Pipelines, Projects and a Healthy Opportunity to Deliver Works Differently
It is an exciting time to be involved in the Health Sector in Queensland as the State Government invests in critical infrastructure to meet the state’s healthcare needs. Fresh from the success of the innovative Australian first $280 million Satellite Hospital Program, which supported new facilities located in areas that included Caboolture, Pine Rivers, Eight Mile Plains and Bribie Island, further investment in healthcare has been announced with key projects being brought to market.
Inertia’s Scott Clements looks at what is next in healthcare investment and how a new approach to design and delivery will ensure the success of the ambitious series of projects.
As our population ages, healthcare investment ensures that people have access to high-quality facilities across the state so that your postcode and location become less of a barrier to accessing the care you need. That is fantastic news for Queenslanders.
It is also great for the industry. All industries thrive on certainty, and a clear pipeline of projects benefits the State Government’s delivery partners as we can plan support with confidence as to how the sector will invest in people, capabilities, training, and development.
But, as anyone involved in the industry will tell you, even the most certain of pipelines will face challenges when it comes to delivery, especially when we are operating in a market under a series of external forces across costs, material supply, people, labour, skills competition and more.
And that means that we must look at how we deliver projects because any challenge can be overcome with collaboration, ingenuity, a preparedness to do something different and a willingness to reassess commercial frameworks and contracts.
Here are the key things I think the industry needs to focus on to support Queensland Health’s delivery strategy:
- Advanced procurement – Utilising an advanced procurement strategy that incorporates designers, architects, and contractors as early as possible in the process is key to success. It ensures a collaborative approach to work, sharing ideas and opportunities for improvement while minimising scope and schedule creep, reducing the risk of rework and costs/schedule blow-outs.
- Advanced early works – Following advanced procurement and/or early contractor involvement, projects can commence earlier, especially across early works, so that designs can be finalised, sites prepared for construction, materials specified, and procurement lists completed. Each element that can be done ahead of full-scale construction means that schedules can be compressed.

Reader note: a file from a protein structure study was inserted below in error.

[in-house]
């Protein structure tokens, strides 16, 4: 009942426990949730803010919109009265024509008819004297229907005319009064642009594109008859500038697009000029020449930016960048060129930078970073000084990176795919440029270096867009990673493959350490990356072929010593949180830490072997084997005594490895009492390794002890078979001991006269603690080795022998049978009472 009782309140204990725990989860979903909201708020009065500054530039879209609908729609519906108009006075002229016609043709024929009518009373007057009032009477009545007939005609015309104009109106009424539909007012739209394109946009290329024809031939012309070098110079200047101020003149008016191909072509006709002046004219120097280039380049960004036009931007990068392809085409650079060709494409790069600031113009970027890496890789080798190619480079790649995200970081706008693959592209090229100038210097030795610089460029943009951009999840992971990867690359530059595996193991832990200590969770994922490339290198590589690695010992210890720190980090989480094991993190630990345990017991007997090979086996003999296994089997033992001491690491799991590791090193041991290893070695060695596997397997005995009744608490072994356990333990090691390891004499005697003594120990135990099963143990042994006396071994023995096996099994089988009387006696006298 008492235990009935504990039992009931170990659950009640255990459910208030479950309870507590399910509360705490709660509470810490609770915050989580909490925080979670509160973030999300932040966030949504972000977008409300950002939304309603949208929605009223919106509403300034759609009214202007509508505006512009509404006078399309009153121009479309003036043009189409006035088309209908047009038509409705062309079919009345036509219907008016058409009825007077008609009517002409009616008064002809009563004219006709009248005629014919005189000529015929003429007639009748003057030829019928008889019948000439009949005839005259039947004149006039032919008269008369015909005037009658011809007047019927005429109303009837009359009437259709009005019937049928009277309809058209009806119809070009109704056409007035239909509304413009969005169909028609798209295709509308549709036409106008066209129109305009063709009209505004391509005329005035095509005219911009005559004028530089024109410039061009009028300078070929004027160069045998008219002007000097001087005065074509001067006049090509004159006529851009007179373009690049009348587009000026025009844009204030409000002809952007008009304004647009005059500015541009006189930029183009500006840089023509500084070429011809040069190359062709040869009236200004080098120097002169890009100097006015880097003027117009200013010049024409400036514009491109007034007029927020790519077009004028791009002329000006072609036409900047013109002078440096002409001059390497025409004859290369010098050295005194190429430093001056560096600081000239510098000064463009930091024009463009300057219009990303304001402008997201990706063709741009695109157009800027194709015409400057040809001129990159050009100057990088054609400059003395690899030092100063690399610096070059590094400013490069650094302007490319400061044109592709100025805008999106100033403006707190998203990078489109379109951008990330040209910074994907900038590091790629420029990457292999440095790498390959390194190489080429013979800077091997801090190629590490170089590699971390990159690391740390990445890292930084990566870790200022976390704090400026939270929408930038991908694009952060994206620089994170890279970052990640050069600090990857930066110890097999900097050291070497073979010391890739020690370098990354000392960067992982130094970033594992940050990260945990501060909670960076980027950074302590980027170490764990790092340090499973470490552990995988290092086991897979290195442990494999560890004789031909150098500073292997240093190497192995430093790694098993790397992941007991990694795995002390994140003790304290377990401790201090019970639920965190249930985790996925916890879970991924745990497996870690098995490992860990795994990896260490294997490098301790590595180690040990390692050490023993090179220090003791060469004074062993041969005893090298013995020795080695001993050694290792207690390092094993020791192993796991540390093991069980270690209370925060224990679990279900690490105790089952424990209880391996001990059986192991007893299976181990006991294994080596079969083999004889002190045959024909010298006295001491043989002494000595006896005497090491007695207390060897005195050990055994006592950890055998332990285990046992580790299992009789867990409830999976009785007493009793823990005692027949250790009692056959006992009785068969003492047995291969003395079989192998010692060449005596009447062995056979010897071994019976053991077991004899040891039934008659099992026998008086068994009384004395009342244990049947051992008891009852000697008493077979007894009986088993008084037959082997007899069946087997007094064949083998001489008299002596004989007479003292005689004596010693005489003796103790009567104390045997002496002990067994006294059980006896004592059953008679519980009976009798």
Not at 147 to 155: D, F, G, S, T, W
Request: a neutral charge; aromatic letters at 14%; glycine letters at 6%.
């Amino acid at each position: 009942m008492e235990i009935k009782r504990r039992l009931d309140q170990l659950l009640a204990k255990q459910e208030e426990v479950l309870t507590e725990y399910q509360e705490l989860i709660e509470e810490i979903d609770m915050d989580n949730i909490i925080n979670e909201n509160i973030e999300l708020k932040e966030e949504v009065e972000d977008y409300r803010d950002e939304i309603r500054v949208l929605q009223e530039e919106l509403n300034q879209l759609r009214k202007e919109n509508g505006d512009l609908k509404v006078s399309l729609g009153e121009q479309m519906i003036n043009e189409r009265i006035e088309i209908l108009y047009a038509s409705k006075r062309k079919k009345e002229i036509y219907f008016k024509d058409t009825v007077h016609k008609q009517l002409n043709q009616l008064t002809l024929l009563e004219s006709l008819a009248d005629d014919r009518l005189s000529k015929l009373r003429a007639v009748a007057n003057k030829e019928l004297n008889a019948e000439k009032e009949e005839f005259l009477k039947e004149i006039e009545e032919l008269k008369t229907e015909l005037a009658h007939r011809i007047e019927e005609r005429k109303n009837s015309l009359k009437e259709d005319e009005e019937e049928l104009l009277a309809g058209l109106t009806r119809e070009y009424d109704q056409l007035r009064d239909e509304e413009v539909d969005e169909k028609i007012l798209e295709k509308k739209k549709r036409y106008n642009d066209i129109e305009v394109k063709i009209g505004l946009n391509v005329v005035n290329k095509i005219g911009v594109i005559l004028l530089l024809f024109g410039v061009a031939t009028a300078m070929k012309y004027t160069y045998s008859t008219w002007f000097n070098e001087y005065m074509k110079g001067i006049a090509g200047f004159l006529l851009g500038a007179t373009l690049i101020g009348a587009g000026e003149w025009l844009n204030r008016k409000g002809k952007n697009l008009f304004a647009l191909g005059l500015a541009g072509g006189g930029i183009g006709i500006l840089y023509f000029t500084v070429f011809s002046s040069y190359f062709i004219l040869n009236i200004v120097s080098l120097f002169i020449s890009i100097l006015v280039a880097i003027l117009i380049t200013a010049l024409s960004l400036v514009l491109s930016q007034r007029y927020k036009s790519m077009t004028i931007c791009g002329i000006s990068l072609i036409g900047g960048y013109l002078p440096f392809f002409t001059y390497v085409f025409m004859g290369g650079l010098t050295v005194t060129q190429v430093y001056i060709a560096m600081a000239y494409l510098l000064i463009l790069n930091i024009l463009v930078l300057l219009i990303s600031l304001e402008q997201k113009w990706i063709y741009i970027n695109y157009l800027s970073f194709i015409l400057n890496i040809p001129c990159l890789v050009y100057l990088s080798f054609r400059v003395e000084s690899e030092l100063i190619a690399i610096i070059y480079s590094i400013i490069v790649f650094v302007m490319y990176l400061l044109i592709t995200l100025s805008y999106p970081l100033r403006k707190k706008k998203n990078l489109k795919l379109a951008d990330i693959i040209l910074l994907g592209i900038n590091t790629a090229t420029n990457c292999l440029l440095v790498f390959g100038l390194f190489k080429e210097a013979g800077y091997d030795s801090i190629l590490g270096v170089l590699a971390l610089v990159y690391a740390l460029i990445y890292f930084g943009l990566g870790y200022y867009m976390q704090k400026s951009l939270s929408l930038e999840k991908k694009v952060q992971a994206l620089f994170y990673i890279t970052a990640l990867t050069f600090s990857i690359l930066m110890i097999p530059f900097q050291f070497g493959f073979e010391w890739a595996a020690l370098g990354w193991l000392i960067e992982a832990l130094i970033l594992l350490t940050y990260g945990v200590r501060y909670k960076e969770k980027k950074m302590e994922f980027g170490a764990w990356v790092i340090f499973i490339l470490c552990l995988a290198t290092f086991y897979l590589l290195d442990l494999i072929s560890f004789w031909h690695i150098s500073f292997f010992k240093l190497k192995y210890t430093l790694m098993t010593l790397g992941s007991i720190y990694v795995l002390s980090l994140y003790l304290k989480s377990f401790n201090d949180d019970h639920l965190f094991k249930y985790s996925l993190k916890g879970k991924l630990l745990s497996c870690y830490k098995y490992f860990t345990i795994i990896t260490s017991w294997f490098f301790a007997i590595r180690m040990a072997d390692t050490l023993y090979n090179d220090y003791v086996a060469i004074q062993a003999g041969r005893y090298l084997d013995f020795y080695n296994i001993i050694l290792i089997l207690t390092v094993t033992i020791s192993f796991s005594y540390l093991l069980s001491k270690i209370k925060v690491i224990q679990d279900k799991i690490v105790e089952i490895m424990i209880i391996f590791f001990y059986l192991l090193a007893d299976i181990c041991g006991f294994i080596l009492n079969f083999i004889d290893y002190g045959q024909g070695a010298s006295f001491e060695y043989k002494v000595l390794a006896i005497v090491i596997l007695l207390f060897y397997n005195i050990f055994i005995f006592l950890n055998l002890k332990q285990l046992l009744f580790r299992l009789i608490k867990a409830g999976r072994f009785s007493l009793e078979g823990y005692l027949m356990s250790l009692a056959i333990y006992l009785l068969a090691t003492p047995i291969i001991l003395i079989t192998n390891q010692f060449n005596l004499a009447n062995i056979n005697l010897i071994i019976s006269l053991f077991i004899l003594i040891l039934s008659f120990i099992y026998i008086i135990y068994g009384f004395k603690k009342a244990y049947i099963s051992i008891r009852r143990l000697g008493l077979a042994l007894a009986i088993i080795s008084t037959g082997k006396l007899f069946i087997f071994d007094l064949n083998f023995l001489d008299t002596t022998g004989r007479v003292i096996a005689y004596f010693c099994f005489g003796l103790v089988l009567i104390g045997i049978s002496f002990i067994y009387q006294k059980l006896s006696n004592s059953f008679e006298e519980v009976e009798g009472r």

- Steel frame vs concrete frame – Steel frame construction is typically quicker than concrete framed construction during the site phase. Whilst steel frame construction will typically have a higher cost in Queensland and require more upfront planning, the current constrained subcontractor market will give rise to construction techniques that are alternative to concrete.
- Pre-fabricated systems – As the sector approaches pre-fabricated construction with increasing regularity from pre-cast bridges to composite structures, prefabrication has an important role to play, enabling manufacturing to take place off-site with elements delivered when needed. This improves manufacturing opportunities and minimises site disruption, as key works can occur remotely before assets are delivered. These systems (including permanent formwork on steel frames) also reduce our reliance one of the highly constrained trades, formwork.
- Modular construction – With pre-fabrication techniques, minimised onsite requirements, quicker time frames and other benefits, modular construction can support the delivery of key project pipelines like those of Queensland Health due to its ability for offsite preparation, minimised pre-works and simplicity of on-site construction.
There is no doubt that Queensland Health’s project pipeline is vital to the state’s ongoing health strategy and the needs of Queenslanders. Undoubtedly, the industry will be under pressure to meet the pipeline’s schedule of projects. But there is also no doubt that, as an industry, we have the people, technologies, and desire to succeed. That means a healthy future for everyone involved, from government, consumers and health professionals to the construction sector and its supply chain.